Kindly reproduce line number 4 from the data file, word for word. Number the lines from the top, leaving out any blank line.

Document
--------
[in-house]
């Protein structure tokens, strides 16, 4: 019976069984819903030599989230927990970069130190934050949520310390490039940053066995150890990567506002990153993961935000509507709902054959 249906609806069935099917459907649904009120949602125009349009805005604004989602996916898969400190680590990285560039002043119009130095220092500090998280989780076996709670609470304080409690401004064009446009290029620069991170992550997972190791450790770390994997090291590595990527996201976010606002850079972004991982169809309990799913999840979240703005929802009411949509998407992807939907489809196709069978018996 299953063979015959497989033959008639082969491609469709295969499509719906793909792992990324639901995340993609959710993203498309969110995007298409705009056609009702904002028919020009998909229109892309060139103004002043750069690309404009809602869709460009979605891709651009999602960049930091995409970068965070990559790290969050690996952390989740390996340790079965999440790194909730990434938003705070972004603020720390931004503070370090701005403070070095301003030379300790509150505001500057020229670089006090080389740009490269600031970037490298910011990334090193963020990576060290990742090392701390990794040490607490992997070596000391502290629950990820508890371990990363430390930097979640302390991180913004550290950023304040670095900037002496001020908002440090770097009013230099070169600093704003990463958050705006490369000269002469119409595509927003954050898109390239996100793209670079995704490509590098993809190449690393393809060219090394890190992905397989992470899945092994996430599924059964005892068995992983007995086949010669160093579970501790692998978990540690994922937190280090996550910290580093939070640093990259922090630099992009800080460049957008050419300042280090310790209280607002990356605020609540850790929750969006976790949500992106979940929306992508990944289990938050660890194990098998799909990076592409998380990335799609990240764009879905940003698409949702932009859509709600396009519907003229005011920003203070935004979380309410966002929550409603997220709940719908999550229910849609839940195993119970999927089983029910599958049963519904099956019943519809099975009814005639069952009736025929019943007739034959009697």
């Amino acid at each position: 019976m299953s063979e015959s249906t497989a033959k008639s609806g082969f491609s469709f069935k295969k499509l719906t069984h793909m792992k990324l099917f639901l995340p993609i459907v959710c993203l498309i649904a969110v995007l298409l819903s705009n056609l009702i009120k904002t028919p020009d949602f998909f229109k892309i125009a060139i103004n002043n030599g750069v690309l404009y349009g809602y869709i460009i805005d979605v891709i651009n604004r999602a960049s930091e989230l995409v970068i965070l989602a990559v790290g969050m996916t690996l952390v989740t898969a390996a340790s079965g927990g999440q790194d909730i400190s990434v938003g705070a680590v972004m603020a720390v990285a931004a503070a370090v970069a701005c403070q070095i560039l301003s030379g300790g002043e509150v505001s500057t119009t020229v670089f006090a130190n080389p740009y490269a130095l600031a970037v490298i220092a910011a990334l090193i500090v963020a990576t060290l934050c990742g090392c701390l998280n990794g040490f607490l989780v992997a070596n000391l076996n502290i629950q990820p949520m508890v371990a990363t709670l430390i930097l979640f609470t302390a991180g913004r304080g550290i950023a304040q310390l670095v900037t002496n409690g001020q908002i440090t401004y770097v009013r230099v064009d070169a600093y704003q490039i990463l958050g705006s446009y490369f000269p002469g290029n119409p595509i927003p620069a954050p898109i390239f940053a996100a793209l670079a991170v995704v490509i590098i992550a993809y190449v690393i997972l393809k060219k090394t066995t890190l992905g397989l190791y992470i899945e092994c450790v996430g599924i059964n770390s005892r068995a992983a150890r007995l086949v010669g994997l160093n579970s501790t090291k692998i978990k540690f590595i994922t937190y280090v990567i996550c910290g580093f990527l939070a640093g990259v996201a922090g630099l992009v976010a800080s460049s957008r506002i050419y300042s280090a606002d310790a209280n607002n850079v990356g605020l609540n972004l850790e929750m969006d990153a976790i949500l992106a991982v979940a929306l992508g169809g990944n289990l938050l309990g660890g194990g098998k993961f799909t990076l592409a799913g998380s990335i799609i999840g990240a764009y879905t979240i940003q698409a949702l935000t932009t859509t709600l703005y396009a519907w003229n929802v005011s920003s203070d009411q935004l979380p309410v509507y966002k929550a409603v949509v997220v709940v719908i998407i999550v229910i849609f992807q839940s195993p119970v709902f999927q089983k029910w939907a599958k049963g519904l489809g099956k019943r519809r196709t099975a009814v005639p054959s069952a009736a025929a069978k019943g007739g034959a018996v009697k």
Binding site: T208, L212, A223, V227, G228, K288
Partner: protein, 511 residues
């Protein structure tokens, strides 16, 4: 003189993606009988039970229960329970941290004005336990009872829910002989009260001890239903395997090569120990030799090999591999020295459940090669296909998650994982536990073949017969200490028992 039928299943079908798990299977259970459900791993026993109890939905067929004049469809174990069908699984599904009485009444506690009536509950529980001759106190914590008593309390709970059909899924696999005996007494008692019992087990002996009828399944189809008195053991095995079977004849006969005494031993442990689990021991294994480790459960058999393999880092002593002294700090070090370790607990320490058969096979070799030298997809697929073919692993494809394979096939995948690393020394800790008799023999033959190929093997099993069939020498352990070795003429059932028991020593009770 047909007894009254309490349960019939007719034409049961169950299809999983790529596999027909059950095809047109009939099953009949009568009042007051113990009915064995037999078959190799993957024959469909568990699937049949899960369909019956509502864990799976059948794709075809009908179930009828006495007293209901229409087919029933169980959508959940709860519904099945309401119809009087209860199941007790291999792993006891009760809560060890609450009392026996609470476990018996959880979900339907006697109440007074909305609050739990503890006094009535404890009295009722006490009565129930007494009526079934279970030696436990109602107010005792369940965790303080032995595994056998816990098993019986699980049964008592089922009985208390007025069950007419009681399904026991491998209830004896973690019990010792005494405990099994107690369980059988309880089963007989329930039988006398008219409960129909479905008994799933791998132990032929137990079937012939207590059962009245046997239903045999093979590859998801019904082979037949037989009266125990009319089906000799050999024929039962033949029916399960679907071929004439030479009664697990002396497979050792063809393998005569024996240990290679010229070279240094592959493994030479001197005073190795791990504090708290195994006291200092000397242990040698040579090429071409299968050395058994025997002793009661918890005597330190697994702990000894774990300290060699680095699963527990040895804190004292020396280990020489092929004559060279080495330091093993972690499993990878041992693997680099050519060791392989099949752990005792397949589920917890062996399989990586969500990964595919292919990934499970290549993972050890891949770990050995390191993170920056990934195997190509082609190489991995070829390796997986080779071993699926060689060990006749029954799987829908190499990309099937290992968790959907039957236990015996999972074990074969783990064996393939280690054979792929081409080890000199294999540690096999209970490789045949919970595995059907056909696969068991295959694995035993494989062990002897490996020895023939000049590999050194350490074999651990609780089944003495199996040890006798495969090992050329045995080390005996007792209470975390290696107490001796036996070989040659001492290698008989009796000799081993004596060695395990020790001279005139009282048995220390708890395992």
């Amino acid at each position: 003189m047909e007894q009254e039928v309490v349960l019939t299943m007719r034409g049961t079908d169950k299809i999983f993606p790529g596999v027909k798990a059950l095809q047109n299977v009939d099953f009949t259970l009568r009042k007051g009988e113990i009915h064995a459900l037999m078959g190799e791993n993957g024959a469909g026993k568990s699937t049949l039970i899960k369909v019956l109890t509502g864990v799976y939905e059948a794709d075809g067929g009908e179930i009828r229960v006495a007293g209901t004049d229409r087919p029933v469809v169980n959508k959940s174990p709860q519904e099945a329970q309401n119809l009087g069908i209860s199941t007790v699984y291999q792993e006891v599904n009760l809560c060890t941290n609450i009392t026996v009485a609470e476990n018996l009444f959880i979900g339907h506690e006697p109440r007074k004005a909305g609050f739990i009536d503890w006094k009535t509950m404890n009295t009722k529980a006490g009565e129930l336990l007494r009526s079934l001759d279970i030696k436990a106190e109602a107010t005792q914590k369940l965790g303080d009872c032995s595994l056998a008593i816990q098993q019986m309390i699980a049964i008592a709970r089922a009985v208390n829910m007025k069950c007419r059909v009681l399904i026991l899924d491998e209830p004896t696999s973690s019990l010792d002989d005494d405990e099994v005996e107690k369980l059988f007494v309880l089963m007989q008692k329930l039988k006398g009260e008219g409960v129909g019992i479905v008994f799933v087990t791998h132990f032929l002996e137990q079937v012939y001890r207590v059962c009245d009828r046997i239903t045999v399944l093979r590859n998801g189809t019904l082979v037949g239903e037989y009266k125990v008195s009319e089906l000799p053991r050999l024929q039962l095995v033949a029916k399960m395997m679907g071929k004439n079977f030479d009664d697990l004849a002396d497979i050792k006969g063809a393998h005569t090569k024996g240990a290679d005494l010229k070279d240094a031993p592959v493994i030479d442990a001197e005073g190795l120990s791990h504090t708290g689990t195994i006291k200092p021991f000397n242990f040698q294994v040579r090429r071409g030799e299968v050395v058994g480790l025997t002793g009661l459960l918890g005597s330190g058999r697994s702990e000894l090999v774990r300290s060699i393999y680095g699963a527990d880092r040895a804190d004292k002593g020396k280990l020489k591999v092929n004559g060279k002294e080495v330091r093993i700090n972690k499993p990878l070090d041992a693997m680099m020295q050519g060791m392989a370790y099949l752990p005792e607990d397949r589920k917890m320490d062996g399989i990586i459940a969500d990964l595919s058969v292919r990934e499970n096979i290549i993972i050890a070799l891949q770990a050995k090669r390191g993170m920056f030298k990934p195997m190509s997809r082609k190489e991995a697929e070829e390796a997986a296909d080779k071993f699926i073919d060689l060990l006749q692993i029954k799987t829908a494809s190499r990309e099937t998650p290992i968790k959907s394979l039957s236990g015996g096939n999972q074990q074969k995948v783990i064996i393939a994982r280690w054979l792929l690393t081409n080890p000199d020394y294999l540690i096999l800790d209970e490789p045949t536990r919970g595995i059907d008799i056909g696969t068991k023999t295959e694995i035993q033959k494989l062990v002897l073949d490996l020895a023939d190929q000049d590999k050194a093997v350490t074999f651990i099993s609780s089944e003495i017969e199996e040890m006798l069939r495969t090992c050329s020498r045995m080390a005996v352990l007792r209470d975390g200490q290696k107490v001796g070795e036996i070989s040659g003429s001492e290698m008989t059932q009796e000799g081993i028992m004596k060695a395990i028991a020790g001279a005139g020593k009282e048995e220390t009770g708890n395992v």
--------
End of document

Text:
Binding site: T208, L212, A223, V227, G228, K288